100 Gecs are the perfect band for 2020 - chaotic, exciting pop that's over before you know it, so you can consume it in bite-sized chunks. 1000 Gecs, the band's 2019 album, saw them go from an underground project to a name that was on the lips of every online music lover.
Dylan Brady and Laura Les, the two members of 100 Gecs, live in different states of America - but they still sound comfortable bouncing off each other, even over the phone. Dylan strums a guitar in the background of the call, while Laura talks about the band's success, and how while it appears to have been by accident, that's not exactly the case. "We were trying to make the most Spotify-compatible album that we could, and it seems to be working. We have a lot of people fooled."
Described as a whirlwind of genre, it's hard to pin down the sound of 1000 Gecs - unless you're in the band, because as Laura says, it's a ska album. "It's just all jazz standards. We just thought what would Jacob Collier would do?"
If you search 100 Gecs and Jacob Collier on Google (Jacob Collier, by the way, is an English multi-instrumentalist fusing elements of genres like jazz, electronic music and soul together), there's multiple instances of Dylan replying to him on Twitter. This unlikely inspiration sits at the heart of what makes 100 Gecs so special - they're not afraid to break the rules, because they don't consider them to be there.
When most bands have an album as successful as 1000 Gecs was, understandably the next project is a big one. For 100 Gecs, the next project and the direction that it should take was clear - a remix album. 100 Gecs And The Tree Of Clues features friends of the band, as well as fans that remixed songs from the album - and the duo liked them so much that they chose to include a couple of those remixes on the record. Laura says, "There's definitely some names that people would not have heard unless you're deep in searching SoundCloud. There are some remixes on it that are low-key producers that just like the album. We took a couple of those and asked them if we could use them on the remix album." It's a way to introduce people to producers the duo like that might not otherwise have ways of getting their music out to such a large audience - all part of giving back.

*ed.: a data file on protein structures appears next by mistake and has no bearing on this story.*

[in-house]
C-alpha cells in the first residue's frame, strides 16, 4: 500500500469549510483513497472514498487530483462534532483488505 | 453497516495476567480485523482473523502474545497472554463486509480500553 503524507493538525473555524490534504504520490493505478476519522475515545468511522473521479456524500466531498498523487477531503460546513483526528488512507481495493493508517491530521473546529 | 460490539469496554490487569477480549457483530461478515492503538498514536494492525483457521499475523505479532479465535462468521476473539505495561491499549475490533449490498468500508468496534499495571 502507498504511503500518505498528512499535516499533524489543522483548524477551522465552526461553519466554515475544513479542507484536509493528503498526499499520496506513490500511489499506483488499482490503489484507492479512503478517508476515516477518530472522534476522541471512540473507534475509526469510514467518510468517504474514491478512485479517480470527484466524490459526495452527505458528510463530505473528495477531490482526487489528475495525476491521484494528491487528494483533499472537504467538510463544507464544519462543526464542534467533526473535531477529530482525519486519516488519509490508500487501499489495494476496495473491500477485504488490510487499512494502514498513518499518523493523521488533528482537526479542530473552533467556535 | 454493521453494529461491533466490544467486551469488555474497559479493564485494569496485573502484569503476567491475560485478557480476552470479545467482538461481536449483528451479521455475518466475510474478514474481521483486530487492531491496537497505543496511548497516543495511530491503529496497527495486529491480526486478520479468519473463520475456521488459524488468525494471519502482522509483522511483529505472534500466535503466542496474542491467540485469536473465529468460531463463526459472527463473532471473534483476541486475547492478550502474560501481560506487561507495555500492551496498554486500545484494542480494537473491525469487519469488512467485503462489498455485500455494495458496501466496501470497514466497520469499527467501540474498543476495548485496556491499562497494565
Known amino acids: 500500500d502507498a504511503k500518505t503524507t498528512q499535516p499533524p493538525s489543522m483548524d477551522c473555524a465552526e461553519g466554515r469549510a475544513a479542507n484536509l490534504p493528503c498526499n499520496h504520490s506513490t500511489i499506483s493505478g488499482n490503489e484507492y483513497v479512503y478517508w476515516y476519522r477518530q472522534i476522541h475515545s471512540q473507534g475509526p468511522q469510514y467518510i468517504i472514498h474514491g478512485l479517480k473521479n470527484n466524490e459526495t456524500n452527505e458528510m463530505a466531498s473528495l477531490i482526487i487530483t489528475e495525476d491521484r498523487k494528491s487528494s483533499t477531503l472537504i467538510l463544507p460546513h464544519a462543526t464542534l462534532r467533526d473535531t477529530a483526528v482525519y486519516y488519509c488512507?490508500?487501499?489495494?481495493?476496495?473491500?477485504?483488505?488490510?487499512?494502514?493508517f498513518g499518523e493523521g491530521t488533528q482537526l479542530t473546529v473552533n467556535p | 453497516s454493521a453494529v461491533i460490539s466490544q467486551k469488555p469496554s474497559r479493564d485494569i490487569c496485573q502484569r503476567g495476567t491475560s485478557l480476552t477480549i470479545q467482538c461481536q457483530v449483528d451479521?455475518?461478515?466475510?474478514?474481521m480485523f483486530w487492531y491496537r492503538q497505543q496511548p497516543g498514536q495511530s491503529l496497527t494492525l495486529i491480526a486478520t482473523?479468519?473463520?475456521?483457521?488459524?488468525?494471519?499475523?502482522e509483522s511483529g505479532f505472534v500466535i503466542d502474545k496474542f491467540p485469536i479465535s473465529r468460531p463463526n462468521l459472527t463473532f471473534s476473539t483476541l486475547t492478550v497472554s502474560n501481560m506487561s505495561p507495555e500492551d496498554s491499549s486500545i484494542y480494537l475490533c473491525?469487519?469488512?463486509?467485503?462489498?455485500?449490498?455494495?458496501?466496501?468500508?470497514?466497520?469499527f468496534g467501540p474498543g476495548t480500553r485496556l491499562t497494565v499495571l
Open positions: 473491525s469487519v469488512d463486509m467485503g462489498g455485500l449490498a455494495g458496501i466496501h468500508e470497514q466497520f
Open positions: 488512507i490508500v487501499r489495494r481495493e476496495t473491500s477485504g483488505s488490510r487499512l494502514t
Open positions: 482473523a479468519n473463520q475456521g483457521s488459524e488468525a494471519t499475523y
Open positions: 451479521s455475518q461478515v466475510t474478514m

The idea of a remix album isn't one that everyone immediately thinks of when following up a successful project - even for a band as out there as 100 Gecs. They were surprised by the reception to the idea, too, as they thought they would only get "a couple of remixes" and get "a couple of friends" for the project. However, they were overwhelmed by the response, saying, "we had so many people that were willing to work with us, we thought that it would be it would be cool to do an entire project out of it."
The reaction to the album has been one that has given the band confidence that they're doing the right thing - not that they were going to let the reception of the music influence them. Laura says, "It's surprising so that people are reacting positively to the album, even though I think that it's getting to the point where we're a little more confident that people are buying into what we have to sell.
"I think that that's a liberating feeling because we feel like we can do more. We're doing the same things that we would be doing anyway. But we're much more confident in our decisions as far as, you know, people are going to listen to them."
She elaborated on this idea of affirmation, that there were risks they avoided taking on 1000 Gecs, but things now might just get a little bit weirder. "I don't think there were necessarily risks that we avoided because we were not that we were scared of the reception, but that I mean, that puts us in a great place because now, you know, we could continue to have that same concern."
The first taste of the remix album was a Ringtone remix, featuring Charli XCX, Kero Kero Bonito and Rico Nasty - and the reaction to the remix has been overwhelmingly positive. Charli features on the chorus, and all three show off their signature flare - with Dylan explaining how the track came together, and how they connected the three.
"We were thinking about who would be cool to get on songs. So we thought we'd go with Rico. She sent us the files before anyone else. We were trying to finish it off and get other features, and Charli recorded her part just before the mastering section. So it all came together perfectly."
Laura puts it succinctly, saying, "We just try to think of people whose energy lined up with the energy we were already working with on the songs."
Music as a whole continues to evolve, and 100 Gecs are happy doing their own thing - their success is seen as an affirmation by the band, rather than a reason to change their sound to be more palatable. "There's so many people making music and so many people are trying to make money off of it. They make a living, as are we. But I think that there is such a saturation of people that come into it with that mindset. They think they need to do something special that fits in with a lot of other things. And that was us as well. And we just did a really bad job of getting it."
100 Gecs are happy doing their own thing. It's working for them, and judging by their ever-growing fanbase, it's working for music lovers worldwide, too.